My first visit to Jerusalem, Sukkot 1967: My dad, already in relatively advanced stages of ALS, and my mom (at the “ancient” age of 40) reserve a “special” – a taxi for the day, just for the four of us. While still dark outside, we clamber into the car, gliding through the ever so quiet streets of sleepy Haifa, heading south then east, so by morning we can see the city “in whose heart there is a wall”. It’s the first time I see sefardi sukkot, with embroidered walls, colorful rugs and big, cushy pillows; Har Hatzofim (Mt. Scopus) with its university buildings punctured by bullets and shells’ holes; and the kotel, a giant wall rising up al the way to the sky, with plants and birds above. As the city gets ready for bedtime, we leave the pinkish, golden, dusty hills, turning dark, and sleep most of the way back amidst hushed adult conversations. The next day, “Jerusalem of Gold” seems almost like a dream.
For centuries, travelers dreamed and journeyed, from all over the world, with great excitement, to reach the magical, holy city; especially this weekend, as we celebrate the holiday of Shavuot, we reminded again of the pilgrimage festivals ascending this city; a city which answers so many names and aside from magic, also sports traffic jams, construction, drivers honking, and people yelling like any other place… What is it about Jerusalem? Is it just another ‘coincidental site’ or is there something truly incredible, davka here?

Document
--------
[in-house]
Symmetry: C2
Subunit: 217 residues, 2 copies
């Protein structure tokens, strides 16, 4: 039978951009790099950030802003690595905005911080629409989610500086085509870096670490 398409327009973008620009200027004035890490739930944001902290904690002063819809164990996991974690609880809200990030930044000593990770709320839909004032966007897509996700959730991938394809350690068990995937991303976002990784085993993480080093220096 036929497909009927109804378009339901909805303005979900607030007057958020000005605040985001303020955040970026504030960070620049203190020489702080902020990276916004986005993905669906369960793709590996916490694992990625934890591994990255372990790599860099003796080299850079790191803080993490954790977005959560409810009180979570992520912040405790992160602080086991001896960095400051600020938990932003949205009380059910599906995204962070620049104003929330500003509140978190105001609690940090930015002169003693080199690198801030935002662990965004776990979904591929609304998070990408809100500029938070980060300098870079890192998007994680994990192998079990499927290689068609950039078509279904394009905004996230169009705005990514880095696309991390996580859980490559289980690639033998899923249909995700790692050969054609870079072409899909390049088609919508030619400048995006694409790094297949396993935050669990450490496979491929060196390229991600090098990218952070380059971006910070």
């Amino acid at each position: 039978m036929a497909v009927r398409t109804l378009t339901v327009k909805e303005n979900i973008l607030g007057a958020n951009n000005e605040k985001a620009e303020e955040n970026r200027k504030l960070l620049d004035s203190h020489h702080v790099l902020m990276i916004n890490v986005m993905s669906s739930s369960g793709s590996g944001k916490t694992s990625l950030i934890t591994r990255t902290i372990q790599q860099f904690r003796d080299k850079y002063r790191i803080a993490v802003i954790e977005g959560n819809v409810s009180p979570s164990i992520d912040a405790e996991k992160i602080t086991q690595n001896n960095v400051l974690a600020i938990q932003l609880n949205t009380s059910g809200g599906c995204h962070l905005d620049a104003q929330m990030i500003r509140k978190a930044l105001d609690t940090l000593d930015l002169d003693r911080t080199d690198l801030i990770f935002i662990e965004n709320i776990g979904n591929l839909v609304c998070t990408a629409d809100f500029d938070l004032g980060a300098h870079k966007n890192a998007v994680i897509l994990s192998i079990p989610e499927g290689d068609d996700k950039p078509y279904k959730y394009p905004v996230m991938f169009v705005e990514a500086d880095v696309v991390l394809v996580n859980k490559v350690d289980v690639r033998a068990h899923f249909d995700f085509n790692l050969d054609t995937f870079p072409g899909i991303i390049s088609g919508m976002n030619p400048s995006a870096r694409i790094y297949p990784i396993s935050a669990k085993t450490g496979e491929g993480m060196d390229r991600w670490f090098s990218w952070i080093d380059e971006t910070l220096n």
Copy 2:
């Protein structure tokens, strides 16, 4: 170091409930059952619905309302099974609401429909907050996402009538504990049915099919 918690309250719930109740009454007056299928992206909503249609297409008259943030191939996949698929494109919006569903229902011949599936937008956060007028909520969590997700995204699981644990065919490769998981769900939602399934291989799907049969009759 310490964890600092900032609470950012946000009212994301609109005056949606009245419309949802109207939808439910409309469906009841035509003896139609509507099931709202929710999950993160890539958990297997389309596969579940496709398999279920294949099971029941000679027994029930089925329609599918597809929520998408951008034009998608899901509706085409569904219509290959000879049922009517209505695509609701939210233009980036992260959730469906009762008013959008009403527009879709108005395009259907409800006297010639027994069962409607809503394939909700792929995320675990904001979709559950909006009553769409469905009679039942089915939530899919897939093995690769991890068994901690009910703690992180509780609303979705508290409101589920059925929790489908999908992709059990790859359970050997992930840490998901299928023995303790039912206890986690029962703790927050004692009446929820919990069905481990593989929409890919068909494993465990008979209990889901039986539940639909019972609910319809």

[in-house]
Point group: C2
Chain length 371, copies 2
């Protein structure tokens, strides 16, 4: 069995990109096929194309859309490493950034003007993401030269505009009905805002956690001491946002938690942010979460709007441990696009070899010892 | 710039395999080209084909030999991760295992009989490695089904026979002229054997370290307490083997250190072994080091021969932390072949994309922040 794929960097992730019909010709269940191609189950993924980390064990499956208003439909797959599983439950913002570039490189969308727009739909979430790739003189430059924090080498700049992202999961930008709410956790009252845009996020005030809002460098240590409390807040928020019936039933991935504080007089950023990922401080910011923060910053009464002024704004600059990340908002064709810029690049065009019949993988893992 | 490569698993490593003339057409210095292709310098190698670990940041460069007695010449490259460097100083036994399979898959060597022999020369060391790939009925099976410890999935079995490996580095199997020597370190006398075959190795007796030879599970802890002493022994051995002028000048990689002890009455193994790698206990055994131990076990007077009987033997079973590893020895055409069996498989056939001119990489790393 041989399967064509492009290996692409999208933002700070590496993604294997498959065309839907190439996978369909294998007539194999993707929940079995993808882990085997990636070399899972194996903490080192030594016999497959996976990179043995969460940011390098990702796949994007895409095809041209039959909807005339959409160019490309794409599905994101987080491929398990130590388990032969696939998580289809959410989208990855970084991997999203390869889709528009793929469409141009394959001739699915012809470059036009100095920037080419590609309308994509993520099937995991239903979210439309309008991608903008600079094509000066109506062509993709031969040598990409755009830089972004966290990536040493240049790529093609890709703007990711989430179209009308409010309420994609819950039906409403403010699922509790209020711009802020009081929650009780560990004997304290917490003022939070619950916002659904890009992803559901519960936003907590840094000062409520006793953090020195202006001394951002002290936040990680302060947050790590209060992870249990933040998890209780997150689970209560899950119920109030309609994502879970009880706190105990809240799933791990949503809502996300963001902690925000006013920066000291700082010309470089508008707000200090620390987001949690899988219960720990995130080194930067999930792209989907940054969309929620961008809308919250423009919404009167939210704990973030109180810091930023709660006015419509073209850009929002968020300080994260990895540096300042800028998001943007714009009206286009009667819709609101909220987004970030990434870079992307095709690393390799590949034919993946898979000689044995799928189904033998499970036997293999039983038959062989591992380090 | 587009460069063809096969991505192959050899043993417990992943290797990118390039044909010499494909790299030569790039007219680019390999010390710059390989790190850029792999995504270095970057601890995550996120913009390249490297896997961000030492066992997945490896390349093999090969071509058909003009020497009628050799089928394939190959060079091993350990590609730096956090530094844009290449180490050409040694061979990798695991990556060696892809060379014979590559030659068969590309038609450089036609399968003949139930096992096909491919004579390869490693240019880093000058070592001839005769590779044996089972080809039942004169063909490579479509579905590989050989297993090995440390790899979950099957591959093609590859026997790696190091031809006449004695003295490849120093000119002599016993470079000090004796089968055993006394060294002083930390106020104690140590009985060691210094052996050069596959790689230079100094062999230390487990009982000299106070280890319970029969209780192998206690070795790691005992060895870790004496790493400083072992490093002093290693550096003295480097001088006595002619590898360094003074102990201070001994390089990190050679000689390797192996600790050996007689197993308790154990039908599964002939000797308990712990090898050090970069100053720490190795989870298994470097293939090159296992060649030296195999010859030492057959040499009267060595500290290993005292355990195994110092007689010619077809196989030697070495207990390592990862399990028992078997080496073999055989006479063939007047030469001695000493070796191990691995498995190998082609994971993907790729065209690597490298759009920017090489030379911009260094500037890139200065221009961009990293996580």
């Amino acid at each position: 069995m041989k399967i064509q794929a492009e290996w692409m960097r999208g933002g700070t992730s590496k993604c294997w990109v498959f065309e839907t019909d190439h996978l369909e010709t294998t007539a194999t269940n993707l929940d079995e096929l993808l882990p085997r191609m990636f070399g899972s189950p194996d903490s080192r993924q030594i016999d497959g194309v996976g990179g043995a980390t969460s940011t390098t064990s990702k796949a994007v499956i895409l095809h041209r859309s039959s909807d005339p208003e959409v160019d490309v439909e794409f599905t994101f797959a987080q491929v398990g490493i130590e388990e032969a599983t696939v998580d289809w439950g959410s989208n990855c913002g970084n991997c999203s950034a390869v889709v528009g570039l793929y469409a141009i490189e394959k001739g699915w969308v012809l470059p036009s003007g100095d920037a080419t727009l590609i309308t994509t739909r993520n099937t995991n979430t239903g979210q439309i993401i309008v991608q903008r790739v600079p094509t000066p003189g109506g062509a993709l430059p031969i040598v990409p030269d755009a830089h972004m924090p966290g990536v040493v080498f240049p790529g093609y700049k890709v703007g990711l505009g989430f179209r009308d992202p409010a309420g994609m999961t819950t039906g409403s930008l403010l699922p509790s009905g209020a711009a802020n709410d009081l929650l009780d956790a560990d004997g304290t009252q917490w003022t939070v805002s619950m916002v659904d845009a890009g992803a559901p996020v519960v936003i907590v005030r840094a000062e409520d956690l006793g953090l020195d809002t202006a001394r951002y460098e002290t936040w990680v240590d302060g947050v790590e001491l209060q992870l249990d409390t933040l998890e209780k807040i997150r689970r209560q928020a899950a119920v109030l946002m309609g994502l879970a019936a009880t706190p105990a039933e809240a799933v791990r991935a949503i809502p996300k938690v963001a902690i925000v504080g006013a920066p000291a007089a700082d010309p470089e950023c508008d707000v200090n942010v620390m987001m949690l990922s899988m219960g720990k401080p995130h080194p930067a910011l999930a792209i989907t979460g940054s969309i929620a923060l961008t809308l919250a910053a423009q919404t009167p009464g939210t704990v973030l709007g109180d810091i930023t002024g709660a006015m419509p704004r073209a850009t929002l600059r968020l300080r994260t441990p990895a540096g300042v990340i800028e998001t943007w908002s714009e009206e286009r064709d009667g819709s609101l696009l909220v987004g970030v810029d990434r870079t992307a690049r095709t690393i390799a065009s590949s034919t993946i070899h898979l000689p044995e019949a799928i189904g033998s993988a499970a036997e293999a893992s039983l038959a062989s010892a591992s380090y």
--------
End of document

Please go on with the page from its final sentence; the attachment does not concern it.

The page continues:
Rabbi Uri Sharki offers an interesting approach. Accordingly, people encounter mainly three limiting things in life: the ability to be only in one place (here, wherever that is), at one time (now) and within only oneself. We try to overcome these limitations, possibly to connect with the eternal aspect of our soul and being, nevertheless, remain bound to them.
Our tradition likewise addresses this challenge and offers a few unique possibilities:
1. Time: there is one day a year, Yom Kippur, when one can “time-travel” back and forth. We can go back to the past, atone and correct what we’ve done through the process of teshuva for a better present and future.
2. There’s a place, the Land of Israel, which scripture calls ‘Eretz Hatzvi” – the Land of the Deer (Daniel 11:41). That place is elastic, like a deer’s skin; it widens and shrinks and can include within it much more than is initially obvious. We’re told that “one never said, there is no place for me to sleep overnight in Jerusalem” (Pirkei Avot 5:5), meaning, everyone always had room, and this phenomenon is recorded in travelers’ journals of later days as well, as if the place “stretches” to accommodate more people as needed.
3. Self: on Yom Kippur, the High Priest would atone for all the transgressions of the People of Israel. We might be too used to it to think about it, but this is truly a strange idea. After all, we can’t ask someone to fall in love for us, or feel longing or joy or anything for us. And yet, the High Priest is instructed to atone for the whole people, namely, he holds others “on his heart” (Exodus 28:36); and when he does, something changes within us too!
All these “magical” things, transcending time, place and selfhood, happened only in Jerusalem.
Last week, tens and even hundreds of thousands came to celebrate “Yom Yerushalayim”, which “coincidentally” falls on the 28th of the Hebrew month of Iyar, and also on the 1st day of the last week of the Count of the Omer. The Kabalist, based on the verse in the Torah, taught that these 49 days between Passover and Shavuot are made of 7 weeks, each week ushering a different “sefira”, a different Kabalistic level. Then, each day, qualifies itself with a specific energy during that week. It’s just so happens to be that Yom Yerushalayim is the first day in the 7th week, making it a day of Chesed (kindness) in Malchut (kingship). May we continue to see more of both, chesed and malchut, emanating, especially from this place.
Shabbat Shalom & Chag Same’ach.